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Managing Cloud Environments with Declarative Infrastructure: Part 2

December 21 2021

3 min read

In part 1 of the series, we discussed the foundations of GitOps and Infrastructure as Code (IaC) and how we utilize them at Hyperscience. Now, let’s dive into the technical details. As a refresher, our goal is to spin up multiple AWS EKS clusters and their accompanying resources, as well as the YAML manifests within them. They include our observability and networking essentials, and the Hyperscience Platform.

However, in order to have visibility over the whole lifecycle of our EKS cluster, another requirement emerges. The new cluster’s monitoring stack should be immediately deployed once the underlying infrastructure has been successfully created by Terraform. It consists of Prometheus for metrics, Promtail as a log shipper, and event-exporter which enables us to add custom alerts around Kubernetes events. These vital elements give us confidence that the nodes and the soon-to-be deployed applications on top of them are healthy and working as expected. 

Since we use Terraform for all of our cloud infrastructure anyway, should we do the same for all of our Kubernetes resources, as well? Let’s find out.

Implications of Kubernetes Management with Terraform

After an initial period of discovery, we came to the conclusion that we won’t be able to utilize Terraform to the fullest extent if we use it to manage Kubernetes manifests. There were a few points of friction that we found along the way.

First, Kubernetes already has its own backing store for all cluster data and state in the face of etcd. Terraform’s state files and providers will add an additional layer of abstraction which could be a source of inconsistencies between them and the Kubernetes cluster state. Even more so if Helm, a package manager for Kubernetes manifests, is added to the mix. Second, having too many Terraform-managed resources slows down day to day operations. If we wanted to bump only a single Helm chart’s version, for example, we would still need to wait for a refresh of every item within the plan graph. Even if we logically separate different system components into appropriate file system directories, running `terraform plan` or `apply` still takes up too much time. Also, in the common scenario when one would want to propagate a small change across multiple, if not all, clusters, going through the regular Terraform pipeline would not be feasible.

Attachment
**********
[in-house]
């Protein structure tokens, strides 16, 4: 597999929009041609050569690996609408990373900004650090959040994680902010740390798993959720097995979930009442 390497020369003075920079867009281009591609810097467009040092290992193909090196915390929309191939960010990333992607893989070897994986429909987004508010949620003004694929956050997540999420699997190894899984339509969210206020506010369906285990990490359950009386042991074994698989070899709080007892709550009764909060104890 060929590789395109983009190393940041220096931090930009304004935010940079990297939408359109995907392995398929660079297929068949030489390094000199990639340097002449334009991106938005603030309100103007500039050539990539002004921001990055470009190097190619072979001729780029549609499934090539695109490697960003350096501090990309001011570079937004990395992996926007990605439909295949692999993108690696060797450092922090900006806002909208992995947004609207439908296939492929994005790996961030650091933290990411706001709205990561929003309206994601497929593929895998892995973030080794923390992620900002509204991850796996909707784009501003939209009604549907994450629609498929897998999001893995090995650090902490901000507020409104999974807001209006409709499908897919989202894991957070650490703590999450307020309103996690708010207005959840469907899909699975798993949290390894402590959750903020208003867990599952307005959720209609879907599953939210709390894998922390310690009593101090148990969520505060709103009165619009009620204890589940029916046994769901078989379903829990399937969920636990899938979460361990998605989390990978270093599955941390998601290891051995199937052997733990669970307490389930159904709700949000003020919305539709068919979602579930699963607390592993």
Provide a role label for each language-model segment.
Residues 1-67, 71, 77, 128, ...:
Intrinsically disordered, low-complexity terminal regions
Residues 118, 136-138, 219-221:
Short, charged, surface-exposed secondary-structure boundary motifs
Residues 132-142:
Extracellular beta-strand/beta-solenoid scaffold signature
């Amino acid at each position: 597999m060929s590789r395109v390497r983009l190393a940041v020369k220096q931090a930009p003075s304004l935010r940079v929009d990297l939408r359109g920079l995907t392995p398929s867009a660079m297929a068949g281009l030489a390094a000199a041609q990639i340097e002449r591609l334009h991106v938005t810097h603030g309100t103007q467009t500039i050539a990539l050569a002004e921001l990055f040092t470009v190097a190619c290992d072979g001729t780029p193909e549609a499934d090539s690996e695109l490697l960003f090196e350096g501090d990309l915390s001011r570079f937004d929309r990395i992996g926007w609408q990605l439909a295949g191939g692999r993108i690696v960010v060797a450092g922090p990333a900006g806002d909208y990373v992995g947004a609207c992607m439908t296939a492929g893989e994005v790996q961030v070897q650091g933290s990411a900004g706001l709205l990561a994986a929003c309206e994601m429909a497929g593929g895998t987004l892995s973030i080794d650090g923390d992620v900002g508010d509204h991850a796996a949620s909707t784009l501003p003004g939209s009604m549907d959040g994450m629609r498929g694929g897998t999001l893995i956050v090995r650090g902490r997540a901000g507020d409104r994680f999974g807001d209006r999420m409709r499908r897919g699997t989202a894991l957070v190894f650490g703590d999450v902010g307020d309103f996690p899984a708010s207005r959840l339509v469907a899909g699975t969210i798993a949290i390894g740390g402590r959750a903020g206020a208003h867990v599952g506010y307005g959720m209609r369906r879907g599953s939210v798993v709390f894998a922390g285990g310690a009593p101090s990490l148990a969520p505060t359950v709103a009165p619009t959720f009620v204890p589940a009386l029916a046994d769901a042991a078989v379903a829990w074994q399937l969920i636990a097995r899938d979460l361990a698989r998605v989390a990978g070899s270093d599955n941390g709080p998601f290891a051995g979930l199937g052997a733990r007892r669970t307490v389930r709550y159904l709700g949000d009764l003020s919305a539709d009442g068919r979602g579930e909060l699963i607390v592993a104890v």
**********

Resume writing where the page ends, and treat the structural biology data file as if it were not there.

Those were some of the reasons why we decided to split the responsibility and look for a Kubernetes-native solution to run that piece of the puzzle. Luckily, these areas are exactly where GitOps-specific tools shine.

Argo CD

Argo CD is a declarative continuous delivery tool that targets Kubernetes. It enforces the desired state from Git repositories to target clusters in an event-based manner. Also, it periodically checks for drifts out of the box – a process called self-healing. This combination does not only prevent manual edit mistakes, but it also further mandates the Git workflow because the only way to push persistent changes to the system without them getting overwritten is through the source repository. The directory structure is not strictly defined and can contain a mix of Helm charts, Kustomization or regular YAML files, and even custom templating tools, such as cdk8s, for example.